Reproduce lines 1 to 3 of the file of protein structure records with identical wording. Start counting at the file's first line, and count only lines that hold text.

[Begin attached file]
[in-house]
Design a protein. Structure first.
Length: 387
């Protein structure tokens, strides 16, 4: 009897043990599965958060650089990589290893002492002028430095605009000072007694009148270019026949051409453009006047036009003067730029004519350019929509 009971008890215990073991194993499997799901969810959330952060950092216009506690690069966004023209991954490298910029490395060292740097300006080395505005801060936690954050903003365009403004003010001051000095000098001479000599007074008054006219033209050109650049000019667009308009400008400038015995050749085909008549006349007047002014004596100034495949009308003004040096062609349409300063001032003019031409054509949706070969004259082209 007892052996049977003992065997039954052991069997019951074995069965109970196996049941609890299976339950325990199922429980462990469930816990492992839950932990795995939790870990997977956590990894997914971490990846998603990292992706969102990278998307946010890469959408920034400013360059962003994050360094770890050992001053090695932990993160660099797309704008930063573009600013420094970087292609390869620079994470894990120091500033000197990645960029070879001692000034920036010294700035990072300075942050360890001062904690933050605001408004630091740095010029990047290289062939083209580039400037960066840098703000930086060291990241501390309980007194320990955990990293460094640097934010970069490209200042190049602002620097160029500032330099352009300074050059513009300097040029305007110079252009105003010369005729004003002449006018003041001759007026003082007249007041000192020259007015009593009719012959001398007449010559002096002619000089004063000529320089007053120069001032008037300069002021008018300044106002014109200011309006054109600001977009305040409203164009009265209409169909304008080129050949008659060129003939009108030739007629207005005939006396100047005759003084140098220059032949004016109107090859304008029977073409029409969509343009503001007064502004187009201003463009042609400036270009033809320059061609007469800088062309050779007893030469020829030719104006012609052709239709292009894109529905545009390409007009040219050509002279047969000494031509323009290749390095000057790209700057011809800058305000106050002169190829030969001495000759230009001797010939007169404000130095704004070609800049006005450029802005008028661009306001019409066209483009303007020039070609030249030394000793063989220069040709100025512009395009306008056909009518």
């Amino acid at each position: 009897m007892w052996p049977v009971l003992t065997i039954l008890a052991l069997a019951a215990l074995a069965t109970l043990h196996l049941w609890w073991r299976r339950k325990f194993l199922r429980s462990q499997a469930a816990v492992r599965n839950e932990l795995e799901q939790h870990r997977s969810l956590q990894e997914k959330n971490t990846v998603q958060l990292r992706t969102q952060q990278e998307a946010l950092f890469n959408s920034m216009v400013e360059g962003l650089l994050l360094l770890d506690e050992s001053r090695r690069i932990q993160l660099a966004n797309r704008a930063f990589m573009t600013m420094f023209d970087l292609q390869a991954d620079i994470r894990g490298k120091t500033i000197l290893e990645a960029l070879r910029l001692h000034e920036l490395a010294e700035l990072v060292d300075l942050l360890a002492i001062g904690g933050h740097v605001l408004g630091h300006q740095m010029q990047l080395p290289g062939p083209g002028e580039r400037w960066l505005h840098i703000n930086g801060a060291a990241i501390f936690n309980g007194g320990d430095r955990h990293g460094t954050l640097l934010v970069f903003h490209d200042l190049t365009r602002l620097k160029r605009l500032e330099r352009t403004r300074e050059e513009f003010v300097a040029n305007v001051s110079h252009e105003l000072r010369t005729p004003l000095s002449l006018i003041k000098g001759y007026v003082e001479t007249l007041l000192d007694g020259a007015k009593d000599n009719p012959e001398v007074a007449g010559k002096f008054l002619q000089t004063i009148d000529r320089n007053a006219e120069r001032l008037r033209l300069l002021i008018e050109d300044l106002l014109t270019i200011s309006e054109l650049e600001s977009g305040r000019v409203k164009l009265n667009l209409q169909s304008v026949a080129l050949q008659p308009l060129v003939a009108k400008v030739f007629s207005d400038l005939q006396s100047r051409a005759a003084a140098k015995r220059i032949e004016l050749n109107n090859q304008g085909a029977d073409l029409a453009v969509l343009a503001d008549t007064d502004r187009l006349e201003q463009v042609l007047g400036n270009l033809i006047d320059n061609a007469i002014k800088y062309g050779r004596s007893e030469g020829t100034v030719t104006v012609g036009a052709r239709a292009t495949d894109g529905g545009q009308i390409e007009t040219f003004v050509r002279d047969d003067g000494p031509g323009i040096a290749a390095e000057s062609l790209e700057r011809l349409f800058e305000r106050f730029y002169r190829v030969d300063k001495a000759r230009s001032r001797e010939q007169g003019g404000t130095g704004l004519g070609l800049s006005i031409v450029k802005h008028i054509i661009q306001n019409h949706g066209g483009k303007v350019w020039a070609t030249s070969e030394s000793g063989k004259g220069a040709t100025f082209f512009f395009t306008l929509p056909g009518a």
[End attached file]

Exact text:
[in-house]
Design a protein. Structure first.
Length: 387